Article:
What Libertarians Believe

Submitted by Bill St. Clair on Mon, 05 Jan 2009 13:09:35 GMT  <== Politics ==> 

L. Neil Smith and Rylla Cathryn Smith - Neil and his daughter are writing a book. This column is its introduction, explaining, of course, that libertarians believe in the Zero Aggression Principle, openly, unabashedly, honestly.

The problem--for the sophists, that is--is that, once the Zero Aggression Principle has been brought into the ethical discussion, nothing can ever be the same again. Anyone--including those who may fraudulently call themselves libertarians--who is aware of the Zero Aggression Principle and refuses to live by it, or promise to, gives himself away. He is a badguy, at least potentially, reserving a right that he mistakenly believes he has to beat you up or kill you, should he deem it necessary or convenient sometime in the future. He tells us that he cannot be trusted, as a friend, a neighbor, a colleague, or a comrade.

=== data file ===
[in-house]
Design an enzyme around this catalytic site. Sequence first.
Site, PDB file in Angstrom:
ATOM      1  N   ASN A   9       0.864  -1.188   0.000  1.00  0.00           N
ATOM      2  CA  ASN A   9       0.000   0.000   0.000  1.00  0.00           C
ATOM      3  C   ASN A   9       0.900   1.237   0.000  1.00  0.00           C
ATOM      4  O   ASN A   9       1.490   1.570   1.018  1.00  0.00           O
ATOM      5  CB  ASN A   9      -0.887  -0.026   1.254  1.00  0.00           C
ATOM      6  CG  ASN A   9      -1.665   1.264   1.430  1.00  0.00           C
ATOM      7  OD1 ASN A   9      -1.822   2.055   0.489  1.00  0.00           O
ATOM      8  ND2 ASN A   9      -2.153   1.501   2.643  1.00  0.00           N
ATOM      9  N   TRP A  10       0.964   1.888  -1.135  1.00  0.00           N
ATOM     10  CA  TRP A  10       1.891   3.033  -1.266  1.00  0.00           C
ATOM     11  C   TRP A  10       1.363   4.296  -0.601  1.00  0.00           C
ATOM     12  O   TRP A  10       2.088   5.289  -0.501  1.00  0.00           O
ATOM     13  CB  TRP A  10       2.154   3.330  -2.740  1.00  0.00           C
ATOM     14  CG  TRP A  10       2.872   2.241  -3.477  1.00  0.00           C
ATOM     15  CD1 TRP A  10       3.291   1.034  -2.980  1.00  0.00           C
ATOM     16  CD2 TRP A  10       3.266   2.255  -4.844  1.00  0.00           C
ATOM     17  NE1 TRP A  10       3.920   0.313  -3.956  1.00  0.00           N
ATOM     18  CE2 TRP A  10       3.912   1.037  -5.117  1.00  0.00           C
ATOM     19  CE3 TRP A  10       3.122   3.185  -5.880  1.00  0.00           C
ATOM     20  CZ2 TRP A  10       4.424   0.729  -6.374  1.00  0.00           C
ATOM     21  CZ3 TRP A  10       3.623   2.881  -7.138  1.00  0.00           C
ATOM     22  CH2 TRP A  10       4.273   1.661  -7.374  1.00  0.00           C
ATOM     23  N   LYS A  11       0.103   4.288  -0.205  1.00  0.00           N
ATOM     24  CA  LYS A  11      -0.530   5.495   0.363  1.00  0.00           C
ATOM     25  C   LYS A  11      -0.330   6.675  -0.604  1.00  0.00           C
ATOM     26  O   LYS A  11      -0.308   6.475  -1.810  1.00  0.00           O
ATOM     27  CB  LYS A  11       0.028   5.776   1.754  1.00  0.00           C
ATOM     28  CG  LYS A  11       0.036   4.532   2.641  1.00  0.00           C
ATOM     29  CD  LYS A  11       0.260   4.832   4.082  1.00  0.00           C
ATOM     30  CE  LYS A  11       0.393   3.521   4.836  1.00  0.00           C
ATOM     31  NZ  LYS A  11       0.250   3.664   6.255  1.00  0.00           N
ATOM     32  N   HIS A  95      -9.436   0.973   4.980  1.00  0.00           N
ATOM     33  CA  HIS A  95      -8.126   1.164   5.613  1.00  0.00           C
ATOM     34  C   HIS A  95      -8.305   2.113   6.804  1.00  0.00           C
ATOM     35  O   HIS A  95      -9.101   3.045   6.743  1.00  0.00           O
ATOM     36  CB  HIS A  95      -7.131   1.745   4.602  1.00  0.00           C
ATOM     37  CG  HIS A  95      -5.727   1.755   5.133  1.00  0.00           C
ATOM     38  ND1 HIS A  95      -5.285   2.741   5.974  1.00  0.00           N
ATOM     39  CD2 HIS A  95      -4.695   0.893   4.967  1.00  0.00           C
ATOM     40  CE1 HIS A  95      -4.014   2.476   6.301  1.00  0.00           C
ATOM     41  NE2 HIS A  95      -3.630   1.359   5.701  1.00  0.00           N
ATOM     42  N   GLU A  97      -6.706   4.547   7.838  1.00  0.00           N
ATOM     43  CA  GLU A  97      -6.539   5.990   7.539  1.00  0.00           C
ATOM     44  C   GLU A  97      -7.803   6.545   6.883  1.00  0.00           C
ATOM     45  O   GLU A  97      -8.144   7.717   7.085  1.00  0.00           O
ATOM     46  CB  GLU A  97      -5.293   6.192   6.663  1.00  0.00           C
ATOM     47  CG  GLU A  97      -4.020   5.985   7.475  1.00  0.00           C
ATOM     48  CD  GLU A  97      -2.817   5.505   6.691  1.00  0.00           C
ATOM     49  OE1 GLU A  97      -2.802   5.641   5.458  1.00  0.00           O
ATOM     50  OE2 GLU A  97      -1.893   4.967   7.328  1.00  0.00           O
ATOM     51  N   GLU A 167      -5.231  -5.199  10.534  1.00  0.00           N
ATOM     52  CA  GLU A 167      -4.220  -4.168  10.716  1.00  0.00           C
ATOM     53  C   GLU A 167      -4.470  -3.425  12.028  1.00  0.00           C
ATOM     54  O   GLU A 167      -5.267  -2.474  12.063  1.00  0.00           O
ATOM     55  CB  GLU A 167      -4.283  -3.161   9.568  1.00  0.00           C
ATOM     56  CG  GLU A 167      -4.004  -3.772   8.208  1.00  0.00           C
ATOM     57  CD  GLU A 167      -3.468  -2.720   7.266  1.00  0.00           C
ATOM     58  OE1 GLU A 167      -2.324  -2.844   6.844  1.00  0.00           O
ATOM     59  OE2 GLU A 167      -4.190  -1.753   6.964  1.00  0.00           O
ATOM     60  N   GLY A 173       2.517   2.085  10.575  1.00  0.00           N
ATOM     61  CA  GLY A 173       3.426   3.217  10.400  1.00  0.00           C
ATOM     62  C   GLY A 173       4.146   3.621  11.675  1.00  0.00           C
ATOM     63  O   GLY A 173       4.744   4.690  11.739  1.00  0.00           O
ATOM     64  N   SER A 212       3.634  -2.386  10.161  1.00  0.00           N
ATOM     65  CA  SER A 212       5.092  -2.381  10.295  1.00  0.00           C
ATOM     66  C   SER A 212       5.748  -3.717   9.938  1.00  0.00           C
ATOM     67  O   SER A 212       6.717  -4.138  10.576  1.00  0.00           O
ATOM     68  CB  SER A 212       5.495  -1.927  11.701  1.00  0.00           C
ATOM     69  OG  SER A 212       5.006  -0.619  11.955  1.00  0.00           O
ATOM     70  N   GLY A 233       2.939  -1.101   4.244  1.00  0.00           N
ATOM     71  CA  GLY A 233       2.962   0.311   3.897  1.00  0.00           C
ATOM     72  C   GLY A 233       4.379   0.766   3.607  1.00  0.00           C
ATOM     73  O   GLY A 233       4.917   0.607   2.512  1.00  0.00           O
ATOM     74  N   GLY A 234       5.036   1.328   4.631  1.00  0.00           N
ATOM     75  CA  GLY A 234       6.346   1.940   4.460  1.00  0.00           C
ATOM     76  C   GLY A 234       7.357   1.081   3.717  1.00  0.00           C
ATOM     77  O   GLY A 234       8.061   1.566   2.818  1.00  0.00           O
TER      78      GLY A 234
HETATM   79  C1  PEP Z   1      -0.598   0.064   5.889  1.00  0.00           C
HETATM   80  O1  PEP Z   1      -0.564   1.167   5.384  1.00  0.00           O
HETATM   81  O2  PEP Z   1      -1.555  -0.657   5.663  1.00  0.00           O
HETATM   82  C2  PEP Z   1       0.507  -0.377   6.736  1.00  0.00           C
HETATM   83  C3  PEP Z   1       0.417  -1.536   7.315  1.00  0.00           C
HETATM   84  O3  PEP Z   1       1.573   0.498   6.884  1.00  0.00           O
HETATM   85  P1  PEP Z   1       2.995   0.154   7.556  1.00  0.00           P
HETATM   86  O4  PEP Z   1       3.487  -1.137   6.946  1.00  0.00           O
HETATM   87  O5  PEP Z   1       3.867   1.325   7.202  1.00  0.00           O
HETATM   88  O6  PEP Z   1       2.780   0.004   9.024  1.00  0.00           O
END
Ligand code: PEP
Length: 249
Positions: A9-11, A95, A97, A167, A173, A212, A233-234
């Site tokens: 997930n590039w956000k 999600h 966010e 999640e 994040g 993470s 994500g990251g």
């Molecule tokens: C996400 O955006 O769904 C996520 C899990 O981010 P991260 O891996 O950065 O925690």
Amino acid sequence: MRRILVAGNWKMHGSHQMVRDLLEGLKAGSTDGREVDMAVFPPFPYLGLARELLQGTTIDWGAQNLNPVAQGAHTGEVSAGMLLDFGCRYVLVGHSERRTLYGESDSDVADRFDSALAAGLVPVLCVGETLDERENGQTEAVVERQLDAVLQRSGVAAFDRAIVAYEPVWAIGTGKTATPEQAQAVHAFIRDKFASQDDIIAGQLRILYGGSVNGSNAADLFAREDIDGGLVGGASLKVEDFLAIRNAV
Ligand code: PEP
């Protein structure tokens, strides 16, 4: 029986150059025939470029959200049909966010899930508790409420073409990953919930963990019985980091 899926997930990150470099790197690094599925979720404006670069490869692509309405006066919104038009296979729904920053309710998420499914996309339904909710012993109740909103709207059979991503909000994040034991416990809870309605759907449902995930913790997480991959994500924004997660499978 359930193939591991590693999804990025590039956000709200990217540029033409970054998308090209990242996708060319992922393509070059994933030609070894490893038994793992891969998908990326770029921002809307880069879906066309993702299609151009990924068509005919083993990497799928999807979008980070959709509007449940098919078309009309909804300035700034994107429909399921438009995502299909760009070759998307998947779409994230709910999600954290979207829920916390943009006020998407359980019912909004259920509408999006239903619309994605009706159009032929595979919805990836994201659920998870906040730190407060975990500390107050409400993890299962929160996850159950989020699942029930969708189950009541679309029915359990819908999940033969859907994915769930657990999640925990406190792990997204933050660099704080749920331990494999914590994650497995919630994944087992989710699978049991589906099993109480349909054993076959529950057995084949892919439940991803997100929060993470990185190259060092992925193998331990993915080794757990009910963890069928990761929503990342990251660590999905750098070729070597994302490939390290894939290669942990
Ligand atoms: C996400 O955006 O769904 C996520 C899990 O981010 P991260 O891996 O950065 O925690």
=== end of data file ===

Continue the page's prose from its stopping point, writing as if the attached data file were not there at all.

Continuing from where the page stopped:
I have studied this extremely simple yet revolutionary concept all of my adult life, almost half a century, and I still discover aspects and ramifications that I hadn't thought of before. Unlike some other ethical systems, for example, the Zero Aggression Principle does not require us to pacifically turn the other cheek. Once an aggressor has revealed himself--by initiating force--it is up to those against whom he initiated it to decide what must be done with him. At the same time, the Zero Aggression Principle doesn't license any and all acts of violence toward others. The villain must meet highly stringent standards of villainy before anyone is ethically free to act against him.

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